Cannabis cultivation and food production rely heavily on two key factors — water and light. In order to be a successful grower, choosing the best indoor grow lighting systems is essential. Review these common indoor grow lighting systems to get a better idea of what to use for your operations.
Indoor Grow Lighting Systems
When choosing an indoor grow lighting system, several factors must be considered. Light efficiency, light spectrum, plant needs, cost, yield and energy consumption all come into play.
Light Emitting Diodes (LED)
Growers have recently started switching to LED grow light systems from high pressure sodium and metal halide bulbs. LED grow systems have many advantages when it comes to energy efficiency. LED systems produce the exact wavelength of light necessary and no other, which makes them more energy efficient. With minimal heat production and the ability to produce light at two distinct spectrum points simultaneously, light efficiency increases. Nearly all wattage converts to usable light, which greatly benefits growers.
Some growers believe LEDs produce higher quality flowers with more trichomes, which are home to the active ingredients in cannabis – tetrahydrocannabinol (THC), cannabidiol (CBD) and other cannabinoids. LEDs can also bring out higher potency, more vibrant colors and natural taste and smell. Additionally, LED systems don’t require a ballast – a device that limits the amount of current in an electrical circuit. With a LED system, you can plug directly into the wall. Many LED systems come with built-in cooling systems, which vents air away from plants.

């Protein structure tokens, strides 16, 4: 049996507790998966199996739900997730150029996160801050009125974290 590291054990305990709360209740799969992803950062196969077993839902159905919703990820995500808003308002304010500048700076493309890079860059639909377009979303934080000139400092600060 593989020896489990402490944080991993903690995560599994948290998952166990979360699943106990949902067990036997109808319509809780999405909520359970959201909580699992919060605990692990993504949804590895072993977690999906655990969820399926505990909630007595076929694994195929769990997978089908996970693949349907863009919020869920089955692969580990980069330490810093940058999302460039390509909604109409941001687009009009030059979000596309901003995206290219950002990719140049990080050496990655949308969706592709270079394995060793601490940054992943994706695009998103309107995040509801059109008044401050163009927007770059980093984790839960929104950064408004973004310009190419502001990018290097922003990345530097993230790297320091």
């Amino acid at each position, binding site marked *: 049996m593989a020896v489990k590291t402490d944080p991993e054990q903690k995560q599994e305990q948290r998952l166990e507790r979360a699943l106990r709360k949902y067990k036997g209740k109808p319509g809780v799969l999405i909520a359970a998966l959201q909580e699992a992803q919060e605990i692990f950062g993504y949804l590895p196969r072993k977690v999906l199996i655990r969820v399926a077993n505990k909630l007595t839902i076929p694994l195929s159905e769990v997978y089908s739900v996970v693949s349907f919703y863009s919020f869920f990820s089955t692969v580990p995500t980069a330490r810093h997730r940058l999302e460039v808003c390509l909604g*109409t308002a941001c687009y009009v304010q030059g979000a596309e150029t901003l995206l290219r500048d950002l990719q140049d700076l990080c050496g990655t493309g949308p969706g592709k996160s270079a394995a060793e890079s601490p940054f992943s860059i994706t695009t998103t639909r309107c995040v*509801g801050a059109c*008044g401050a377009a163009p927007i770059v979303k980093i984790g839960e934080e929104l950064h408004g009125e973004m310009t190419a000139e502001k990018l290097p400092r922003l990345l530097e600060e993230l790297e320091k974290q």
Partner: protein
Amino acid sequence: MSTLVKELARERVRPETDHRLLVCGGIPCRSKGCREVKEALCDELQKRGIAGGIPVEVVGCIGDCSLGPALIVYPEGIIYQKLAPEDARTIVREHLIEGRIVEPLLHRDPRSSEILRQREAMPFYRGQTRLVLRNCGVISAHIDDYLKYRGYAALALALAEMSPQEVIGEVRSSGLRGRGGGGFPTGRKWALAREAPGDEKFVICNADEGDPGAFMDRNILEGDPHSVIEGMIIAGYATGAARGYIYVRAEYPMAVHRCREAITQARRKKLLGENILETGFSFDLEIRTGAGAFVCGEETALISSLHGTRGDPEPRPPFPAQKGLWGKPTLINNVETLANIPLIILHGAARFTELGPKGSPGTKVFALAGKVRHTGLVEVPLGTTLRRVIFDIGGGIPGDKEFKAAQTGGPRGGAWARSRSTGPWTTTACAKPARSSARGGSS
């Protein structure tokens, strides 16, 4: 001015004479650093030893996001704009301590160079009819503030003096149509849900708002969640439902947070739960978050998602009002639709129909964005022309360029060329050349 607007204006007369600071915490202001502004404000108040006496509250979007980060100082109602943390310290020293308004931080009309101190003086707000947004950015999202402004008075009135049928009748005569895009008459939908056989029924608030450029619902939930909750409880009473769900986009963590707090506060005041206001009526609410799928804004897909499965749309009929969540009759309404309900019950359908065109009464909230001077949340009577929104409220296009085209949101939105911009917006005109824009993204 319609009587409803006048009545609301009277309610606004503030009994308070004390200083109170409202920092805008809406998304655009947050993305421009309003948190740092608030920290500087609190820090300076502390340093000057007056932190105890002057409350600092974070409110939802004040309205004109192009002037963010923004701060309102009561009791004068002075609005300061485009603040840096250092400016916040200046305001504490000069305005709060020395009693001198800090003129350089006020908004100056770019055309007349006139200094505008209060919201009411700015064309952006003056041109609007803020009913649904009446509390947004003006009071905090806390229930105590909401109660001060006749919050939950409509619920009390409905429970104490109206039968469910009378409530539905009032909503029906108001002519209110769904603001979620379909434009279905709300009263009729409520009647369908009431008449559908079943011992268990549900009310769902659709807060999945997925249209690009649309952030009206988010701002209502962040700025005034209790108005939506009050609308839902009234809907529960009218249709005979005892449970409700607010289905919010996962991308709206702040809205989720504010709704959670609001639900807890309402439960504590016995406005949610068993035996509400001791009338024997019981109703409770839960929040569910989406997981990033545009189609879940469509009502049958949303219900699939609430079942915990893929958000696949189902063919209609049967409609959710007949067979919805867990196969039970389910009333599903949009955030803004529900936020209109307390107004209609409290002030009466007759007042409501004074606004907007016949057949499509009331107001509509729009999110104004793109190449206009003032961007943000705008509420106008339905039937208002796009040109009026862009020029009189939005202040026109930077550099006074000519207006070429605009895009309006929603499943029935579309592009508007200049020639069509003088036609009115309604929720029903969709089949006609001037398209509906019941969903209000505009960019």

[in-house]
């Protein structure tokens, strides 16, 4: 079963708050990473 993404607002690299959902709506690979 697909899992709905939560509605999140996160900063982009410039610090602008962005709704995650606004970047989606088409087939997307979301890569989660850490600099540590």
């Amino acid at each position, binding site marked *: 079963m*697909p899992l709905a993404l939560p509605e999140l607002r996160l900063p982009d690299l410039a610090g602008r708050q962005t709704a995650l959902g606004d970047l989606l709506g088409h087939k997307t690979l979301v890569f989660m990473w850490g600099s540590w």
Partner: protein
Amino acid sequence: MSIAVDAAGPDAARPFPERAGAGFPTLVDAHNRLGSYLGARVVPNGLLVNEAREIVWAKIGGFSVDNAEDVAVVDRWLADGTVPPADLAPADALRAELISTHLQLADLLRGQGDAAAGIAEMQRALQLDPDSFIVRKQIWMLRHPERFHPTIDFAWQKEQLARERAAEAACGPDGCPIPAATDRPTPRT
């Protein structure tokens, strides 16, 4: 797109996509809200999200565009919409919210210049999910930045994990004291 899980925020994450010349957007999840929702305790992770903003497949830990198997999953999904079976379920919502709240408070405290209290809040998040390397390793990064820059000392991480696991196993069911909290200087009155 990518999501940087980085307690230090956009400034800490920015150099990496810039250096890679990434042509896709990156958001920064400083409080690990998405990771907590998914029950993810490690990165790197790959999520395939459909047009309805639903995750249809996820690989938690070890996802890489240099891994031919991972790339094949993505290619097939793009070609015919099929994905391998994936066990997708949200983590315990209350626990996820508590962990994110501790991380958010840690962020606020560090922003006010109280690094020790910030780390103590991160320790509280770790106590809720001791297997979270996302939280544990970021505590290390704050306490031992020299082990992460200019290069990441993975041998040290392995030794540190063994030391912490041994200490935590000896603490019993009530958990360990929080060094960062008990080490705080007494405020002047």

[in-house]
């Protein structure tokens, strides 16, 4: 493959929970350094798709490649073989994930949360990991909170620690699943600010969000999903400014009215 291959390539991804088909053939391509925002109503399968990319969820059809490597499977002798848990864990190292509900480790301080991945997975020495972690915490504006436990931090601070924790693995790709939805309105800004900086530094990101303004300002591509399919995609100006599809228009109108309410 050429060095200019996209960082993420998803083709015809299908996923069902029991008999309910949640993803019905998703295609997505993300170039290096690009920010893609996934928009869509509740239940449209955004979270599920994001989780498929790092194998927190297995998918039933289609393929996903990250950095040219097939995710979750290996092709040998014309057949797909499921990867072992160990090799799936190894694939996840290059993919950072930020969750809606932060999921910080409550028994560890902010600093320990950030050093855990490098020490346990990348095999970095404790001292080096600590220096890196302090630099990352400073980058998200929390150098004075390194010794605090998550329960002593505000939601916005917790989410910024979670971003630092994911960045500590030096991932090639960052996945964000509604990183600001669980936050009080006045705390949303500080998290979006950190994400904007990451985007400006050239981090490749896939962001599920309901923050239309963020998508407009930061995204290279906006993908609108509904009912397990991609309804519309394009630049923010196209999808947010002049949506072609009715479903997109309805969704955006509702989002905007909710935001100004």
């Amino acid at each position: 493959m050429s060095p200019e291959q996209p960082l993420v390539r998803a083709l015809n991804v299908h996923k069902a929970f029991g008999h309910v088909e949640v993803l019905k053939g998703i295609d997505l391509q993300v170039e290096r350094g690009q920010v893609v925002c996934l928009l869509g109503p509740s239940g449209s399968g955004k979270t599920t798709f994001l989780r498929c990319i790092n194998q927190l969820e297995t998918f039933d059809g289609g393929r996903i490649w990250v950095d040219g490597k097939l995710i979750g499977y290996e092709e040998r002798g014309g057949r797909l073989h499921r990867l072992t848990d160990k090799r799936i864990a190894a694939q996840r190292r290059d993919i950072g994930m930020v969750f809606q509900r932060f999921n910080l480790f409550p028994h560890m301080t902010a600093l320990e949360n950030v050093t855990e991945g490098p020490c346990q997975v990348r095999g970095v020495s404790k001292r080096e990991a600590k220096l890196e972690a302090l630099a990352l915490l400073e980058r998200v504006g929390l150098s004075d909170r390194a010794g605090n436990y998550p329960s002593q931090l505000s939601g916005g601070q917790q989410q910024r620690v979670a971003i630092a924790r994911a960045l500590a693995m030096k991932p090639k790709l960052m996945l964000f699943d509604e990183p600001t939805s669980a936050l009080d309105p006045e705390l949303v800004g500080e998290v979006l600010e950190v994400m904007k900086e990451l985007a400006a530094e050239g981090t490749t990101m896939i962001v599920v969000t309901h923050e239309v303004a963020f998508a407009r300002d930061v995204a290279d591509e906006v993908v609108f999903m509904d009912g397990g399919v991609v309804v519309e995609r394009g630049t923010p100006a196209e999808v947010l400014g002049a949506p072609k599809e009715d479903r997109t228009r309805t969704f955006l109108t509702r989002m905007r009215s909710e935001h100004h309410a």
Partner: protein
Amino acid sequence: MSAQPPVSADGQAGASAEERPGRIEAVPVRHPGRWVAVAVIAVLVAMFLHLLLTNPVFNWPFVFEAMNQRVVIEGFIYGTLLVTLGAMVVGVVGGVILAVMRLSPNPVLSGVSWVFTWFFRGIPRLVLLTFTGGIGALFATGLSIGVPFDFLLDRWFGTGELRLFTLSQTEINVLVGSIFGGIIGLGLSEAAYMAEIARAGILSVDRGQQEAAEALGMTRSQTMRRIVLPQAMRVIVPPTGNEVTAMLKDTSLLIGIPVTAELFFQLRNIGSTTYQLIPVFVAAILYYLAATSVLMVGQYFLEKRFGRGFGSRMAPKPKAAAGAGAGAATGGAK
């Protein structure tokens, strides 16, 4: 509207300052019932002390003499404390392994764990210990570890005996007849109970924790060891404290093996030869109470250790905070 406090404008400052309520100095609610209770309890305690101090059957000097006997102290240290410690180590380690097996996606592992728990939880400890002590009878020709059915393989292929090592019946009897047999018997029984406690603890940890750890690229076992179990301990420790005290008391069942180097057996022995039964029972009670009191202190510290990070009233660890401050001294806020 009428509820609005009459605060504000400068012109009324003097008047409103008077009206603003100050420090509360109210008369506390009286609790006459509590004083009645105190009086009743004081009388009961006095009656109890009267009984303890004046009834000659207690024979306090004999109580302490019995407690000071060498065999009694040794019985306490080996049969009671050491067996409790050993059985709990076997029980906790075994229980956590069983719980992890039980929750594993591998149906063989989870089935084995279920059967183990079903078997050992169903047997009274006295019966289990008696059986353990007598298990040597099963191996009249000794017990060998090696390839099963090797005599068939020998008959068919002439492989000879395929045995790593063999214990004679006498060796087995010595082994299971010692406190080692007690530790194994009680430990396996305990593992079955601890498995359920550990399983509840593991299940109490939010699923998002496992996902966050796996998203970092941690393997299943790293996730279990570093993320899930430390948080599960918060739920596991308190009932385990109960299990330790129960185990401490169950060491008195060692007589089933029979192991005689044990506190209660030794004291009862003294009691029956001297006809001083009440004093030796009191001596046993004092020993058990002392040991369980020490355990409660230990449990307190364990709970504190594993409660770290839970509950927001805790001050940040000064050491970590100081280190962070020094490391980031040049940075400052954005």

LED systems can initially be pricey, but the energy savings costs can make up for the upfront costs in the long run. When it comes to improving yield, high pressure sodium (HPS) lights tend to produce higher yields when comparing electricity used. Some LED grow light systems achieve comparable results in the flowering phase, but generally, have some catching up to do compared to HPS grow lights.
High Pressure Sodium (HPS)
HPS bulbs generally provide the best yield/watt, although LED continues to catch up and provide comparable results. HPS lights generate light in the warm, red end of the spectrum. Lights on the warm end of the spectrum trigger reproductivity in the plant world, which makes HPS lights ideal during the flowering phase and for improving yields. Plants need light from both the warm and cool ends of the spectrum, which means HPS grow lights shouldn’t be used for all phases.
HPS lights send electricity through ionized gas and take a little while to warm up. Ballasts help regulate the current flowing through the light and help keep the system going. One cost that needs to be considered when choosing HPS lights is the addition of an exhaust system. HPS lights generate a great deal of heat, which means an exhaust system may be required to remove some of the hot air from the room.
When it comes to light efficiency, HPS bulbs thrive. With six times more light output than an incandescent bulb, HPS bulbs boast high energy efficiency and a life span of two to five years. The long lifespan of HPS grow lights should be considered when calculating operating costs.